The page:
Financially Independent, Retired Early(ish) at 57.

Day 3: Greenwich

Today turned out to be another very hot day in London. My arrival coincided with one of the biggest heat waves on record here. Day after day of 30C heat.

Of course, I turned up wearing merino wool, almost from head to toe. This week was going to be a test for the dress and the t shirts!

Greenwich village is a little way down from London proper, but a short ride on the tube, the monorail and a short walk was all that was required to get me to the first stop of the day. 

The Queen’s House.

I got there a little early so I settled myself on the balcony outside and gazed at this glorious view. Isn’t it beautiful? It’s the perfect mix of old and new.

Then I saw Deana approaching across the lawn. She was giving me a Greenwich tour for my birthday.

Deana and I met eight years ago when I announced on the frog blog that I was going over to the UK. She emailed and introduced herself, explaining that she’d read the blog for years and invited me to stay at her place for a few days. 

She didn’t sound like an axe murderer so I accepted. I spent 3 happy days with Deana and her family, and she took me to see Hever Castle ( Anne Boleyn’s childhood home), Jane Austen’s house in Hampshirite, which is an absolute Must See) and Canterbury Cathedral.

It’s been a long time between visits, but here we are again!

The Queen’s house has an interesting history that, if I was blogging on my laptop I’d link to it, but I’m not so you”ll have to do it yourself. It has many beautiful things in it, but I was here to see one thing in particular- the Armada portrait of Elizabeth I.

There are a lot of paintings here, which isn’t surprising as the house was an art studio during Charles II’s reign. He allowed a family of maritime Dutch painters to work here, so there are MANY paintings of maritime battles and such. Yet there are other paintings hidden among them that delighted me as well.

I loved this painting, It’s a Rembrandt, called “Christ and St Mary Magdalene at the tomb.” It’s depicting when she sees Christ and realised that the impossible has happened and he’s risen from the dead.

He is sporting a nice sun hat. I guess it’s sensible – it’s warm in the Middle East.

This one is really cool. It’s “The Parting Cheer” by O’Neil. It’s showing the pain and heartbreak of those left behind when their loved ones sail away towards a new life. I love that there’s one little girl who’s aware of our presence and is looking straight at us.

These paintings are of the Normandy landings in 1944, by Stephen Bone. They think they were painted on the spot because there are traces of sand caught in the paint.

Look at the beauty of the Tulip Stairs.

We loved them!

Charles II gave permission for a father and son team to live at the Queen’s House and paint. Here is a picture of the father, Willem van der Velda. It’s thought that the parchment he’s holding was originally blank, but his son, (same name but with “the younger “ attached) painted some plans that his father had been working on. Sort of like saying, “This is what my Dad did.”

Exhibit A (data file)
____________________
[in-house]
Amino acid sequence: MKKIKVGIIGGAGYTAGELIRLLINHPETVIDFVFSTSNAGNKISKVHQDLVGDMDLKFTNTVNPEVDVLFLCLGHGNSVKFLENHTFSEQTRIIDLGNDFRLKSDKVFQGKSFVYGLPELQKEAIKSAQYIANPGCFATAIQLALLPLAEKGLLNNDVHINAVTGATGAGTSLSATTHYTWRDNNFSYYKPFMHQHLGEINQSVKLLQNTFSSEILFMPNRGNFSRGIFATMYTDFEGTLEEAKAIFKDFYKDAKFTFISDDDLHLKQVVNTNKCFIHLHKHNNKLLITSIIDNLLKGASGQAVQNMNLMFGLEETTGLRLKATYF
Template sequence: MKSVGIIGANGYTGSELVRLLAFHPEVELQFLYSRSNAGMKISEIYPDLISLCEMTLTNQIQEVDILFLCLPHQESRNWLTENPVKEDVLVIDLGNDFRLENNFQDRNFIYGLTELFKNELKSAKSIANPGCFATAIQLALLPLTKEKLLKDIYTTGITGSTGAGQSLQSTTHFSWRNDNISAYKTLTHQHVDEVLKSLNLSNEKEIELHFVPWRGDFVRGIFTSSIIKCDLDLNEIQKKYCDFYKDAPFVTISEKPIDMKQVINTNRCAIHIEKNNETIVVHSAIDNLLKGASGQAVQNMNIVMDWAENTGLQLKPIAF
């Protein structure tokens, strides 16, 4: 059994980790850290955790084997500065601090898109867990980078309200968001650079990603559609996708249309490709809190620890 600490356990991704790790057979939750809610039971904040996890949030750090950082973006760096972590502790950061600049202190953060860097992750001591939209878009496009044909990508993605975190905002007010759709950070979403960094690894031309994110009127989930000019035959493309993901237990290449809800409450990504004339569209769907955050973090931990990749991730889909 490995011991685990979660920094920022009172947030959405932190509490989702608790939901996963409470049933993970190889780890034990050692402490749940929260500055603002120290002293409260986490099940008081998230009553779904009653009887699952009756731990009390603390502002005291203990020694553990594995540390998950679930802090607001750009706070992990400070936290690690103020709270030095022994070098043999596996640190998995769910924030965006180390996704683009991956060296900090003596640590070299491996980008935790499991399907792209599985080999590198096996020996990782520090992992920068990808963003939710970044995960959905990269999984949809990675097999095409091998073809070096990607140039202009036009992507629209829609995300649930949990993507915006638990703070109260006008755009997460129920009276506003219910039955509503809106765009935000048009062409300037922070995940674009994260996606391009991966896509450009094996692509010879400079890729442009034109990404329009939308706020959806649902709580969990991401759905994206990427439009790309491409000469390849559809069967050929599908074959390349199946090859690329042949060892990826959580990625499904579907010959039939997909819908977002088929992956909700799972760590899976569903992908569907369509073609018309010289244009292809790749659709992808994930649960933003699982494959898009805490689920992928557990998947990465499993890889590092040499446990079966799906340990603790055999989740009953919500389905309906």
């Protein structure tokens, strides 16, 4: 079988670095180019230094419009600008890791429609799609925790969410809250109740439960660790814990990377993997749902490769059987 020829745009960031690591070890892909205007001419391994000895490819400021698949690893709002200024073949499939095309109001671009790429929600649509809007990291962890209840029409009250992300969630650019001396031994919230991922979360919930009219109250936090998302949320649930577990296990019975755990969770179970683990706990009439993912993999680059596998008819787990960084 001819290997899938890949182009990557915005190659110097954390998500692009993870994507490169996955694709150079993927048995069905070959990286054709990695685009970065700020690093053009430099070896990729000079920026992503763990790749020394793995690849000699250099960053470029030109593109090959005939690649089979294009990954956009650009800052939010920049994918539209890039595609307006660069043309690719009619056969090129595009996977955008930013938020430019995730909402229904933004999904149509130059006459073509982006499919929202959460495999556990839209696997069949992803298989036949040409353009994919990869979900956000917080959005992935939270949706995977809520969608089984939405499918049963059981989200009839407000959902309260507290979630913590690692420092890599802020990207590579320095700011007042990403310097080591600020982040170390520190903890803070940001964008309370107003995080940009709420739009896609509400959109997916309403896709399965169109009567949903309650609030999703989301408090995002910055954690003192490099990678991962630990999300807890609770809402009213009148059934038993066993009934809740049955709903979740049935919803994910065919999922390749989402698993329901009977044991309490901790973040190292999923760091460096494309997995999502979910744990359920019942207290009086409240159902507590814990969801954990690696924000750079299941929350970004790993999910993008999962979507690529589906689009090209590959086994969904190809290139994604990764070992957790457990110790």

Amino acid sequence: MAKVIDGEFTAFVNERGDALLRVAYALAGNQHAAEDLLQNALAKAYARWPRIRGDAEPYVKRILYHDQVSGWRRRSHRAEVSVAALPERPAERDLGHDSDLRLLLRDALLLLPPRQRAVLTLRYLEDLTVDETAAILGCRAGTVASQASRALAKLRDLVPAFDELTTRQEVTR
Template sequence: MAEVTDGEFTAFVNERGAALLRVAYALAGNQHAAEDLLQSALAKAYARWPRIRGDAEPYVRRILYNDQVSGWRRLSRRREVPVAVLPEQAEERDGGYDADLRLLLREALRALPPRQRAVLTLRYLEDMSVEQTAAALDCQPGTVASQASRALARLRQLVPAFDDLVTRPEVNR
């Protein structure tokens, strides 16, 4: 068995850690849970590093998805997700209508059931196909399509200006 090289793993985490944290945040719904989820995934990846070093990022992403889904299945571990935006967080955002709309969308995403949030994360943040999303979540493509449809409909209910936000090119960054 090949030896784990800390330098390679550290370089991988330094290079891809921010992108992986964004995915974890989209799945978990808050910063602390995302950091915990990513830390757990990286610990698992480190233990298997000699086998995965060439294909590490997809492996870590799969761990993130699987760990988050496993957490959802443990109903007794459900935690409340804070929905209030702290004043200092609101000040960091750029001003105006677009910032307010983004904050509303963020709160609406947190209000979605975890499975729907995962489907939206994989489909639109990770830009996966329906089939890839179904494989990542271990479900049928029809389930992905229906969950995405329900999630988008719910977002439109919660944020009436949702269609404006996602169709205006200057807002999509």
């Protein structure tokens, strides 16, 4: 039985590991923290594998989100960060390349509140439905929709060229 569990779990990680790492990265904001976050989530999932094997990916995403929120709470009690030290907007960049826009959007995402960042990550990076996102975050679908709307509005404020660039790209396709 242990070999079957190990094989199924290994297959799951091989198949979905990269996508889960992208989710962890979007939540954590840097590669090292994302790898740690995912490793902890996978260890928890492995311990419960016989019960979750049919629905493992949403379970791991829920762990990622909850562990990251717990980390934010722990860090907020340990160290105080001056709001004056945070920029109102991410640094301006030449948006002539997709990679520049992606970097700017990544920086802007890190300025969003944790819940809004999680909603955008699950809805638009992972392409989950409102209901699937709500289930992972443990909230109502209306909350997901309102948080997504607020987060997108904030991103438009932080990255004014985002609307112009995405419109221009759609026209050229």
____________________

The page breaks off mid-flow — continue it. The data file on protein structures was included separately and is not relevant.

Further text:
This is an engraved Nautilus shell. I actually have one of these in my china cabinet at home. My grandmother Dolly found it on a beach in Queensland and was so happy about it. This one is far larger than mine, but I know how delicate they are. Being able to carve into one is great craftsmanship.

This is a very early Australian painting. The emu isn’t bad, but the kangaroos are a little chunky.

look at the next two pictures. I never knew this guy existed. Imagine if he had’ve lived? Maybe England wouldn’t have executed their king? It’s funny how history exists on the spin of a coin sometimes.

Poor thing.

Here’s his mum, Anne of Denmark. Notice her pearls. I’ll be referring to them a bit later on.

Mary I, ( Henry VIII’ daughter, also known as’Bloody Mary’ because she burnt a few Protestants at the stake) and her husband Phillip II of Spain.

Poor Mary led a thwarted life. Henry VIII has a lot to answer for when it comes to the women in his life.

Henry VIi , who defeated Richard II and ended the War of the Roses. He doesn’t look too happy about it. Below is his grandson Edward, Henry VIII’s long desired son. It’s sad to think that he died at 16, poor boy.

His big sister Elizabeth, looking regal. A guide here told us that Elizabeth had once had a miniature painted of her, and forever after, she insisted that anyone who painted her had to copy her face from that miniature.

It must’ve been like getting a great driver’s licence photo. You want to hang on to it forever.

Here he is. The man whose grave I’ll be standing on in 3 day’s time.

Charles I and his wife Henrietta Maria. He believed so strongly in the divine right of kings that he refused to compromise and move with the times. It ended up costing him his head.

Remember him. He comes up again a few days later.

And then I walked into a room the same as all the others… and there she was.

Queen Elizabeth I, after the English had kicked Spanish butts when they tried to invade. Remember the portrait of Mary I and her husband Phillip?